In our first post on Dream Cup we talked about the tournament. This article covers our playing experience.
20 of the 22 Firetails were able to attend Dream Cup in Japan (missing Georgia Ewan and Simone Ryan who were unable to get time off from work). It is the only tournament the Firetails will be playing as a team before we go to the World Championships in June.
Dream Cup Champions!
While we were in Japan the Firetails played 9 games. Three of these were on Friday as part of the seeding tournament leading into the main tournament on Saturday/Sunday.
As we won all of our games on Friday we got first pick for our position in the draw for Saturday. Playing on Friday it was obvious it had been a while since we’d played together and we took most of the day trying to get our groove back, particularly on offence.
v Tokyo Gakugei University (Big Apple) 13-6
v Tei-kyo Heisei University (Freegars) 15-1
v Kyoto University (Breeze) 13-4
In addition to the tournament games both the Dingoes and Firetails played separate practice games against Team Japan on Saturday morning. These were Worlds condition games i.e. 100 minutes, points capped. The Firetails struggled on offence and have plenty to work on after being beaten 15-5. The Dingoes went much closer going down 15-13.
We gave our player of the game from Team Japan (Kana (#4)) a stuffed kookaburra – this led to an impromptu round of “Kookaburra sits in the old gum tree” – which went down a treat with Team Japan. (And possibly the only song that everyone on the team, other than Moe, would be able to jump into a round for without any warning).
v Nihon University (Hummingbirds) 8-3
v ZUKU 10-2
We got into the elimination stage of the tournament on Saturday afternoon. The wind came up so both of these games were wind-affected. The first game against the Hummingbirds was quite scrappy, but we eventually got our offence in better shape for the final game of the day against ZUKU.
Quarter-final: v Japan Women’s Masters 9-7
Semi-final: v MUD 10-5
Final: v Team Japan (O line) 9-8
Sunday brought us to the serious end of the tournament. The Japanese Women’s Masters team was a quality side as evidenced by the scoreline. It possibly could have been even closer but the last minute of the game was spent discussing an uncontested foul call (language barrier) meaning the Masters team didn’t use that time to play offence. Masters Team was led by Captain Hara-san (Maiko Hara).
Firetails with Japanese Women’s Masters Team
MUD were somewhat depleted as several of their players were playing on Team Japan, and our defensive pressure forced execution errors. They’d brought up some new young players to replace the Team Japan losses, and that they were friendly and great to play. Also they have sweet long ankle length puffers, which Michelle tried to make a deal for on the result of the game, but no deal!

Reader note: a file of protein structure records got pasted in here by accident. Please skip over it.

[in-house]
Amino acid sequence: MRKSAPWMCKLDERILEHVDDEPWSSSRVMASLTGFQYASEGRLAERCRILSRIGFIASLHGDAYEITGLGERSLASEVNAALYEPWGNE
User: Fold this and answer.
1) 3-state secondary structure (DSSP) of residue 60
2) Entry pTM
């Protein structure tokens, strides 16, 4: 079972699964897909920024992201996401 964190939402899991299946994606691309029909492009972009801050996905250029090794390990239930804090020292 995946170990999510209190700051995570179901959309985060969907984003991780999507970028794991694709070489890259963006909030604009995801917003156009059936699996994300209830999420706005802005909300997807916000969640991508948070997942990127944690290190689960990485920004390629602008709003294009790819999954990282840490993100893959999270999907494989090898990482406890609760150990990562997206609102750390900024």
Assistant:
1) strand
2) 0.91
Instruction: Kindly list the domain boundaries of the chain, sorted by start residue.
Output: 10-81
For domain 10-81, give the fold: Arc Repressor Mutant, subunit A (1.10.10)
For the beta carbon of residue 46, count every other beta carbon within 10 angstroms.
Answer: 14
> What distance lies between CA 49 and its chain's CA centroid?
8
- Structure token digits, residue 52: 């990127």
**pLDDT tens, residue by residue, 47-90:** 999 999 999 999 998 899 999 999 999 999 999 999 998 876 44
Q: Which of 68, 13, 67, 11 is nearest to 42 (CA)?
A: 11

Hannah scoring against MUD
On the other side of the draw Team Japan, who had split into two teams (their O and D lines) for the tournament, met each other in the semi-final. Team Japan O Line won, so we played them in the final. We had a poor start going down 0-3 but gradually we clawed it back. Moe and Michelle both had strong games, getting blocks and connecting well for 3 goals. Michelle was later awarded MVP from the winning team in the final. We got it to even at 6-6 (but still behind a break as we started on O). Our first time in the lead was when we scored to make it 9-8, which was the final score. Team Japan started on O with only a minute or so on the clock and needed to score to even it and force another point. They were eventually forced to put up a throw to the endzone before time ran out but it was blocked by Ash and time went before we put the disc into play.
Ash with the final block in the game
There was a delayed reaction from the Firetails before we realised the whistle meant we had won – then celebrations erupted!
After the game ends in Japan, the teams line up across from each other and the scorekeeper announces the scores for each team, and then we all shake hands. We had a circle with each of the teams we played but I gather that was unusual. Moe and Michelle taught us a Japanese phrase Otsu-kare-sama-deshita which is commonly said by both teams at the end, meaning something to the effect of “thanks for bringing your best efforts to make this game good”, followed by a single clap. We slowly managed to sound like we knew what we were doing by the last day.
Confirming results at the end of a game
One of the great things about the tournament was the support between the Dingoes and Firetails. We appreciate the Dingoes instigating the more supportive relationship between the teams. The relationship was cemented at the Farewell Party, put on for the international teams attending Dream Cup. Teams from Korea and Chinese Taipei were also at Dream Cup and we enjoyed meeting them at the party.
Firetails and Dingoes